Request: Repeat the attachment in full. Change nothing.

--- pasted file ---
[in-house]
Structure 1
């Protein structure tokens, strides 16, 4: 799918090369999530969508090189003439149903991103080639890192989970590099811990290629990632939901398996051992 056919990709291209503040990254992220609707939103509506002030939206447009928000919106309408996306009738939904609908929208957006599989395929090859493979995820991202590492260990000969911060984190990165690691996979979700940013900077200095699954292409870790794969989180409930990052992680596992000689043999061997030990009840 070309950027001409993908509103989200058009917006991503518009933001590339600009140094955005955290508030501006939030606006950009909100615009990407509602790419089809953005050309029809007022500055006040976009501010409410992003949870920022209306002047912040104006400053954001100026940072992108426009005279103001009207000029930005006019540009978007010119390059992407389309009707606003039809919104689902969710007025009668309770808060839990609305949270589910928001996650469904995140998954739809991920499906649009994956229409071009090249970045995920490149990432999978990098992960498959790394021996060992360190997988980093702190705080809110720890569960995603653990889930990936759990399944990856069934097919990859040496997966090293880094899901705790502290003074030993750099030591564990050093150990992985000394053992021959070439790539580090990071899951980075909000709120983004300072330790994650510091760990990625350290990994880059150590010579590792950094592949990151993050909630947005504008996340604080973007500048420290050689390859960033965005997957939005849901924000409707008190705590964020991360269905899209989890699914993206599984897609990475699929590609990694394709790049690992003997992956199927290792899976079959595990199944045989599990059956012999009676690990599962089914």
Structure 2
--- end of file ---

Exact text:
[in-house]
Structure 1
């Protein structure tokens, strides 16, 4: 799918090369999530969508090189003439149903991103080639890192989970590099811990290629990632939901398996051992 056919990709291209503040990254992220609707939103509506002030939206447009928000919106309408996306009738939904609908929208957006599989395929090859493979995820991202590492260990000969911060984190990165690691996979979700940013900077200095699954292409870790794969989180409930990052992680596992000689043999061997030990009840 070309950027001409993908509103989200058009917006991503518009933001590339600009140094955005955290508030501006939030606006950009909100615009990407509602790419089809953005050309029809007022500055006040976009501010409410992003949870920022209306002047912040104006400053954001100026940072992108426009005279103001009207000029930005006019540009978007010119390059992407389309009707606003039809919104689902969710007025009668309770808060839990609305949270589910928001996650469904995140998954739809991920499906649009994956229409071009090249970045995920490149990432999978990098992960498959790394021996060992360190997988980093702190705080809110720890569960995603653990889930990936759990399944990856069934097919990859040496997966090293880094899901705790502290003074030993750099030591564990050093150990992985000394053992021959070439790539580090990071899951980075909000709120983004300072330790994650510091760990990625350290990994880059150590010579590792950094592949990151993050909630947005504008996340604080973007500048420290050689390859960033965005997957939005849901924000409707008190705590964020991360269905899209989890699914993206599984897609990475699929590609990694394709790049690992003997992956199927290792899976079959595990199944045989599990059956012999009676690990599962089914």
Structure 2